Vitamin B-12 is an essential vitamin that supports numerous body functions such as efficient nerve functioning, brain health, and cell formation. The B-vitamins are a group of eight nutrients, with each one relevant for your overall well-being.

What is a Vitamin B-12 Deficiency?

Vitamin B-12 anemia is a condition in which the human body is unable to produce enough healthy red blood cells (RBCs) because of the low levels of B vitamins in the body.

These vitamins are required by the body to produce the RBCs and these cells transport oxygen to the various parts of the body.

So, being deficient in vitamin B-12 means your tissues and organs aren’t getting enough oxygen to function efficiently.

Symptoms of Vitamin B-12 Deficiency
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A vitamin B-12 deficiency over time can impact the circulatory and nervous system of the body. Deficiency of this vitamin can even cause a condition known as megaloblastic anemia in which the bone marrow starts producing abnormal, large-shaped RBCs that don’t perform their functions properly.

Several physiological changes, such as aggressive behavior, depression, and paranoia, can result from your vitamin B-12 deficiency. And, generally, the neurological damages cannot be reversed.

Here, Are the Common Symptoms of Vitamin B12 Deficiency:-

Poor Memory
Loss of Appetite
Tingling in the Hands & Feet

If you are experiencing any of these symptoms or in combination, then you must consult your physician and consider undergoing the vitamin B-12 deficiency test.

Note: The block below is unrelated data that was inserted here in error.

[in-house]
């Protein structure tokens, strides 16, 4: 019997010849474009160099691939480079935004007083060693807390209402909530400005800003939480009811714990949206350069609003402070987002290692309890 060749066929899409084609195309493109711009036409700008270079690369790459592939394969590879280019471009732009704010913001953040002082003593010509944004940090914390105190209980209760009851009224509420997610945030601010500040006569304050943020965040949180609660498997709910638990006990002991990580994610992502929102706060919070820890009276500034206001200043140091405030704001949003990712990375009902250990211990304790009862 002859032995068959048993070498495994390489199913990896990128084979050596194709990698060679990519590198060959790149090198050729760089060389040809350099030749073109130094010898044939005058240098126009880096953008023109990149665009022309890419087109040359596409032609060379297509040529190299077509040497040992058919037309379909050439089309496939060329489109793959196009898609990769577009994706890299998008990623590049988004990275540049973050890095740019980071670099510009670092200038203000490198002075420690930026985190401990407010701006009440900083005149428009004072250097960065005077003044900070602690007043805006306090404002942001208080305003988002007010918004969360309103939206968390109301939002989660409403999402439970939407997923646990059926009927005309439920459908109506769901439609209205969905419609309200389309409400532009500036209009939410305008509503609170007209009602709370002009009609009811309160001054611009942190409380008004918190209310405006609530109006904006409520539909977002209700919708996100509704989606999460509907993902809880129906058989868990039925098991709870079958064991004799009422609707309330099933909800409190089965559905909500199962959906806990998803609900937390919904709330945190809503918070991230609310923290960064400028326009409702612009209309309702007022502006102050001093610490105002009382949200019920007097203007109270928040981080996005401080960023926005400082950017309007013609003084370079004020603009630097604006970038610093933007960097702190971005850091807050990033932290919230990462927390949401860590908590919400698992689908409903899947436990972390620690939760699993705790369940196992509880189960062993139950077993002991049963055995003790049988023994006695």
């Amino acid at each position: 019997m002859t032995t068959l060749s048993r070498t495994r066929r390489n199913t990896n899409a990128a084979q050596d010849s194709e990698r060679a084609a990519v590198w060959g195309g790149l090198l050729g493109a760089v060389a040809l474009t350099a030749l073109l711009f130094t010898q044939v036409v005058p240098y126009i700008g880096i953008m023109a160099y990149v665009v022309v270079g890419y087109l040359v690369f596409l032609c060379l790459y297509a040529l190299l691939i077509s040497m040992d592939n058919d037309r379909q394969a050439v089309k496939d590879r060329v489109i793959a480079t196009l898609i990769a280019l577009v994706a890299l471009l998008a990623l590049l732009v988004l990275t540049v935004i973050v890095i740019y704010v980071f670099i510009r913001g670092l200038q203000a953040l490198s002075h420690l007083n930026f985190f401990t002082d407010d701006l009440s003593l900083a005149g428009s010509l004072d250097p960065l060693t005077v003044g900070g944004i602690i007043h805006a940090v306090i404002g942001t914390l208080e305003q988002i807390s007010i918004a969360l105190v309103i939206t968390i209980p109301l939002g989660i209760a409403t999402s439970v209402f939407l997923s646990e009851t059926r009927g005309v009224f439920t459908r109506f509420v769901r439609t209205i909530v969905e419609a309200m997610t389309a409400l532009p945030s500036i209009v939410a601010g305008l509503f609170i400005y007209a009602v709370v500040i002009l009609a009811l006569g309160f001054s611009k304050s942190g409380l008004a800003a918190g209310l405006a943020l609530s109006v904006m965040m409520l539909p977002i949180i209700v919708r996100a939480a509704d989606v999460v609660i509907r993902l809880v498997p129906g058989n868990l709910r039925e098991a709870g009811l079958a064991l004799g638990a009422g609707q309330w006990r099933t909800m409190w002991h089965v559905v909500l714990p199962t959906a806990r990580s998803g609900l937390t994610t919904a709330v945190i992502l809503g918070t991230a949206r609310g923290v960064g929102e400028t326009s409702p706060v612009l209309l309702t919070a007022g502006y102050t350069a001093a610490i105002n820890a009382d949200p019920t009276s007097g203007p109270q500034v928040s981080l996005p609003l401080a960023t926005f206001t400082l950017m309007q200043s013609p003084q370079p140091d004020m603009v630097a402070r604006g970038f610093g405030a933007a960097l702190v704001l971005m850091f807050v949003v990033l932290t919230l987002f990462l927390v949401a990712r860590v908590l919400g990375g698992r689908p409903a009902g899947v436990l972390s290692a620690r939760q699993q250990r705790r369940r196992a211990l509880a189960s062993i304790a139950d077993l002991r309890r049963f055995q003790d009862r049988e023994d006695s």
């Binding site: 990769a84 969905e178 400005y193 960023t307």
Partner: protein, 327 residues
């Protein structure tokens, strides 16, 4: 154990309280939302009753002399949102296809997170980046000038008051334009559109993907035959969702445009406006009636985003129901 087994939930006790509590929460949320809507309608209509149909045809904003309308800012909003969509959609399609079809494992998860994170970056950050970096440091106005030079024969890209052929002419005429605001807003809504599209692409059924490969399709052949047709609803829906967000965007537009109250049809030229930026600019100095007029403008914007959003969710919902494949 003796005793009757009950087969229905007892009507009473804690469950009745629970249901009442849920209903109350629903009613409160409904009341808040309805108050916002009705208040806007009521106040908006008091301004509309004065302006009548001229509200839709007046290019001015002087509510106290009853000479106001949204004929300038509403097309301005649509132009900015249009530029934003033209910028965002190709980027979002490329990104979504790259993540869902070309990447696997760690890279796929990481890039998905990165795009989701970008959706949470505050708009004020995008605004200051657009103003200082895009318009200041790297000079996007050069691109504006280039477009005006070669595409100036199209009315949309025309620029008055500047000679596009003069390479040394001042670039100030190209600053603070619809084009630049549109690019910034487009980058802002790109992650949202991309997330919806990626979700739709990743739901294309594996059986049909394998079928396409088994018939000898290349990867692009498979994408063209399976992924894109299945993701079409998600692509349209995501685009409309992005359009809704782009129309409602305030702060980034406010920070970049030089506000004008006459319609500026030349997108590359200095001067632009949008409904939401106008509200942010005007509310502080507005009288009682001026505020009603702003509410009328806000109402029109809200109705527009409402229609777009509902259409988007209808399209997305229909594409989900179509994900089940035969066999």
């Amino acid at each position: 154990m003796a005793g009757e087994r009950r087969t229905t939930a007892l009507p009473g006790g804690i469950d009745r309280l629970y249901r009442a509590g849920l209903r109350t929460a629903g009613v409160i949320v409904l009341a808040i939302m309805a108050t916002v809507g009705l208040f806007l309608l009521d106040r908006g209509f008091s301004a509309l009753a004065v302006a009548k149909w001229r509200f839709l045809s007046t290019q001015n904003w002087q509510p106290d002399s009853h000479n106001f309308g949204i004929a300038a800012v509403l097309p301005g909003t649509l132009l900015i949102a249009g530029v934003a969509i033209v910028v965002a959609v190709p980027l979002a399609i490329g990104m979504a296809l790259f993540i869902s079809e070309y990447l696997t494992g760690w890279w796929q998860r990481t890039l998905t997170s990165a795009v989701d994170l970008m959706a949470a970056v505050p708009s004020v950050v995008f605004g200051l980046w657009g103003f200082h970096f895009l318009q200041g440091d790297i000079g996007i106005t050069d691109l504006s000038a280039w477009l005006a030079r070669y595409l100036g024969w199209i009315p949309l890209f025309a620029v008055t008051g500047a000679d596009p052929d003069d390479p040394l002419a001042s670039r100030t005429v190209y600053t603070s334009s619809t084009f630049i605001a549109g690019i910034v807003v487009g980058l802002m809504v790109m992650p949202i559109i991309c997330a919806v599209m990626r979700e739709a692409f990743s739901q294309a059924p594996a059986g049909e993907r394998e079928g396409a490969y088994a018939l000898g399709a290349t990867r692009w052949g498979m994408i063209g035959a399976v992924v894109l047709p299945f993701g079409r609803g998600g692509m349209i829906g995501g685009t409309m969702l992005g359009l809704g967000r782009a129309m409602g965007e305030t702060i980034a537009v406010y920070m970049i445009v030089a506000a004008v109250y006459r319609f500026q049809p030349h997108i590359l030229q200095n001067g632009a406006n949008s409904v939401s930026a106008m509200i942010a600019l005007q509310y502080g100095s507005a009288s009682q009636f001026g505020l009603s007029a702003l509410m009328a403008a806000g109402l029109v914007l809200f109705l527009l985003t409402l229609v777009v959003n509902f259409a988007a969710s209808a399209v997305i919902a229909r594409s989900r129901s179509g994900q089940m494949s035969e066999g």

Who is at Risk?

Our body doesn’t naturally have vitamin B-12; it comes from dairy products, meat & fish. So, people who are a great risk of vitamin B-12 are:-

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People With Diabetes
Older Adults
People Who Had Undergone Bypass Surgery

According to Harvard Health Publications, new moms who are breastfeeding must take the vitamin B-12 level tests to determine if they are deficient because their deficiency could lead to increased risk for neurological damage in their baby.

How Does the Vitamin B-12 Level Elisa Test Works?

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ELISA, also known as Enzyme-Linked Immunosorbent Assay, is a widely prescribed test by doctors to evaluate vitamin B-12 deficiency in your blood.

During the ELISA immunoassay test, your healthcare provider will clean some area of your elbow or arm with an alcohol pad or antiseptic wipes.

They’ll wrap an elastic band around the top of your arm to increase the blood flow. After that, your health care provider will insert the needle into the vein and collect your blood.

When the blood has been drawn, they will carefully remove the needle and apply the bandage.

Your blood sample will be sent to the lab for determining the vitamin B-12 levels in the blood.

It’s possible to test your vitamin B-12 level in the body with convenient home testing kits also.

Both high and low levels of vitamin B-12 indicates an underlying health problem. Low levels suggest anemia, while high-levels may increase the risk of cancer.

How to Naturally Compensate for Vitamin B12 Deficiency

To naturally increase vitamin B-12 in your body, you need to make certain diet changes, which includes food which contain more of:

low-fat milk, cheese & yogurt
beef, liver & chicken
fish & shellfish

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In the end, if you’ve been diagnosed with vitamin B-12 deficiency, the goal of the treatment is to increase the levels. Your treatment includes

Vitamin B-12 injections at regular intervals.
Daily supplements of vitamin B-12, such as Cyanocobalamin.
Having a diet rich in vitamin B12.
Regular injection of vitamin B-12 through the nose.

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